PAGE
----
By. Tasion Kwamilele
In 2010, California, a state with one eighth of the country’s foster care population, set the tone for the nation by passing legislation to extend foster care to age 21. Two years later, the law is being implemented. As child welfare administrators and social workers scramble to help this new cohort of California foster youth receive the benefits they now deserve, thousands of others tackle the challenge of transitioning into adulthood on their own.
In this piece The Chronicle of Social Change explores what life is like for those former foster youth on the cusp, who are ineligible to participate in extended care services.
Twenty year-old Oakland resident Leandralynn Dunson grew up in the foster care system. Throughout her time in care, she says she lacked support and security. With numerous placements and failing grades, she had to rely on self-motivation to make it through.
Dunson was seven years old when she entered the system with her younger sister. Her mother was addicted to drugs, she says, and after teachers and neighbors noticed the young girls being sent to school in dirty clothing, someone reported Dunson’s mother to Child Protective Services.
“They sent us to a lady in Oakland. She bought us new clothes, took us on trips, and she was a good support system,” Dunson says.
But she and her younger sister only stayed there for a year before she was moved. An aunt, who was already taking care two of Dunson’s brothers, wanted the two young girls to move in with her. Since they regularly visited the family on the weekends, Dunson thought it was going to be the perfect foster care placement.
“We thought because it was family, everything was going to be peaches and cream. But it wasn’t,” she says.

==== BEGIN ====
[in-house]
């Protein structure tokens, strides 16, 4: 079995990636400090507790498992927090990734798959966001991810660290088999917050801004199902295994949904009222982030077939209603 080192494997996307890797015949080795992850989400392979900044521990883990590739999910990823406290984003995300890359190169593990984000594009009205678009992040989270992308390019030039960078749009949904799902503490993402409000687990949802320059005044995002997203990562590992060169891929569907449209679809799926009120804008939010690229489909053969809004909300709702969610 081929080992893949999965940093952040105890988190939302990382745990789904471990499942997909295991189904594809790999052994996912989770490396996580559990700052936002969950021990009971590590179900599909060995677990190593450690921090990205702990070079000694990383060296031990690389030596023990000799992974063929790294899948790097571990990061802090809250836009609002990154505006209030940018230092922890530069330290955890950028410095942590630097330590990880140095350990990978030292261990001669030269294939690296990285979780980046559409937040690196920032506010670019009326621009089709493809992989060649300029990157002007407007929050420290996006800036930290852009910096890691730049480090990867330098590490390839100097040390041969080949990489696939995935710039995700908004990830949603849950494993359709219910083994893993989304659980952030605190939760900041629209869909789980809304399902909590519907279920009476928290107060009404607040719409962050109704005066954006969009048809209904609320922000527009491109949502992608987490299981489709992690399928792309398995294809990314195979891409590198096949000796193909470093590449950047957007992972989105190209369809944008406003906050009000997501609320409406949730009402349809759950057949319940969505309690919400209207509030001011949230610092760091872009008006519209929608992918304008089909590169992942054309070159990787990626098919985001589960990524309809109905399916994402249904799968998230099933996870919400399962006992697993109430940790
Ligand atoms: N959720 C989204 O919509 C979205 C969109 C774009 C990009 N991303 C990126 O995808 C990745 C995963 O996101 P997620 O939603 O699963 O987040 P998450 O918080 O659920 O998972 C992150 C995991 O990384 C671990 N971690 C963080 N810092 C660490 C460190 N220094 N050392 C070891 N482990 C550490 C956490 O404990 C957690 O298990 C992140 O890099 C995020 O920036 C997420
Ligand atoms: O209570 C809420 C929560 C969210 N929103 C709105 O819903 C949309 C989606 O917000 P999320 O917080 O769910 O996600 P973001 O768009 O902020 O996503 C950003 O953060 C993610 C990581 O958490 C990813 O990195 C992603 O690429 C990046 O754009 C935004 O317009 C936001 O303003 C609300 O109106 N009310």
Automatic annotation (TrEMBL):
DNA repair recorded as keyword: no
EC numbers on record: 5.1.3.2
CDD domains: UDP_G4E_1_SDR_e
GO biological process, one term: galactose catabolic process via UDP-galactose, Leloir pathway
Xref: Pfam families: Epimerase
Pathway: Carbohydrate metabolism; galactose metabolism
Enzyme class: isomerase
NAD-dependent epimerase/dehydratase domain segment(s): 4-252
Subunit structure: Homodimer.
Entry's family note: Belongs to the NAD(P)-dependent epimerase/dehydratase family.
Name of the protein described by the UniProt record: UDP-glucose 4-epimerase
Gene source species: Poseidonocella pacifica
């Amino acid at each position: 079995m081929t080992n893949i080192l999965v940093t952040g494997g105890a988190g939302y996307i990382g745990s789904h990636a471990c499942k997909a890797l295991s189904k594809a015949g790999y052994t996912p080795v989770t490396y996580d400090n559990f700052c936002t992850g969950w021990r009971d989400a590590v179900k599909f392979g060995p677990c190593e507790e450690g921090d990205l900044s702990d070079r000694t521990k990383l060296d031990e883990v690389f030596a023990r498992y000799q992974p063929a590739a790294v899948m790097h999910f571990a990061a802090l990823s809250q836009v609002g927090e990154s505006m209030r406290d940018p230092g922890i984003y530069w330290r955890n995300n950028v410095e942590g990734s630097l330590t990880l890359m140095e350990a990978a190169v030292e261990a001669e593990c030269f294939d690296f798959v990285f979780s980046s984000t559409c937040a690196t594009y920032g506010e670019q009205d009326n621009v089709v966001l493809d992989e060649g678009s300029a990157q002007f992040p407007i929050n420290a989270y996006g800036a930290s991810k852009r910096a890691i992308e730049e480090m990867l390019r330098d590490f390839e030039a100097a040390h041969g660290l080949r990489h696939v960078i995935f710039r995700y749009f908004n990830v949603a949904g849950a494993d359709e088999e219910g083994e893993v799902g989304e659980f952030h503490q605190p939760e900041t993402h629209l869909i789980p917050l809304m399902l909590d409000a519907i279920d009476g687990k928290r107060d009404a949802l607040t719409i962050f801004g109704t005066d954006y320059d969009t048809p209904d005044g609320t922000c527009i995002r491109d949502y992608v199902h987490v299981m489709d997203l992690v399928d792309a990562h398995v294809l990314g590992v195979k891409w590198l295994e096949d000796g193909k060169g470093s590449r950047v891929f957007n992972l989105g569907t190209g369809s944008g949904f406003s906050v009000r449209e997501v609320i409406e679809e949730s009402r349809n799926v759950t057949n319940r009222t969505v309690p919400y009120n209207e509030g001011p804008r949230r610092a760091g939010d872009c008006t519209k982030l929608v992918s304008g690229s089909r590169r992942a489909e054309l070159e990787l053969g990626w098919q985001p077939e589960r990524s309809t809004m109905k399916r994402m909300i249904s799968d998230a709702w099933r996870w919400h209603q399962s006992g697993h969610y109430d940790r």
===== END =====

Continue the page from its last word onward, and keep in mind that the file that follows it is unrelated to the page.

When she moved in the social workers stopped checking on her and her sister, Dunson says. The relative beat her often, she says, and the woman’s husband molested her. Dunson kept quiet about what was happening for three years before she could finally tell someone about the abuse. “I told my teacher, and the same night I was picked up and moved back into a foster home.”
In 2011, there were 1,421 allegations of sexual abuse in children between the ages of 0-17 in Alameda County’s child welfare system compared to the 2,629 sexual abuse allegations in 2001, according to the Center for Social Services Research (CSSR).
Dunson’s little sister moved back and forth between family members and never made a formal complaint of abuse. So Dunson found herself alone in foster care. She desperately wanted to be with her family, and after a few months, she moved in with one of her cousin’s to give it another try. But that relative also beat her, Dunson said, and after three months she was back with a foster family.
From then on, it was like musical chairs. Every few months she was in a new city, in a new foster home. She rarely completed a semester at any school.
“When I was in the seventh grade, I got straight F’s. I just stopped caring, and they didn’t care,” she says. “They didn’t have to make me learn, they just had to make sure I was at school.”
She remembers attending Jesse Bethel School in Vallejo, where she went three months without having a textbook for a class. She says it wasn’t until she was in her late teens, and solely responsible for her wellbeing, that she was able to succeed in school. Until then it did not bother her because she knew the social worker might come to move her at any time.
“Everywhere you go you never plan to stay in one spot. The social workers will always tell you they are looking for another place for you.”
She says her worst foster home experience was when she moved to the small city of Newman, California when she was 13. The foster family was considered to be “cool parents” by other foster kids because of the freedom they gave they gave and the stores where they were allowed to shop.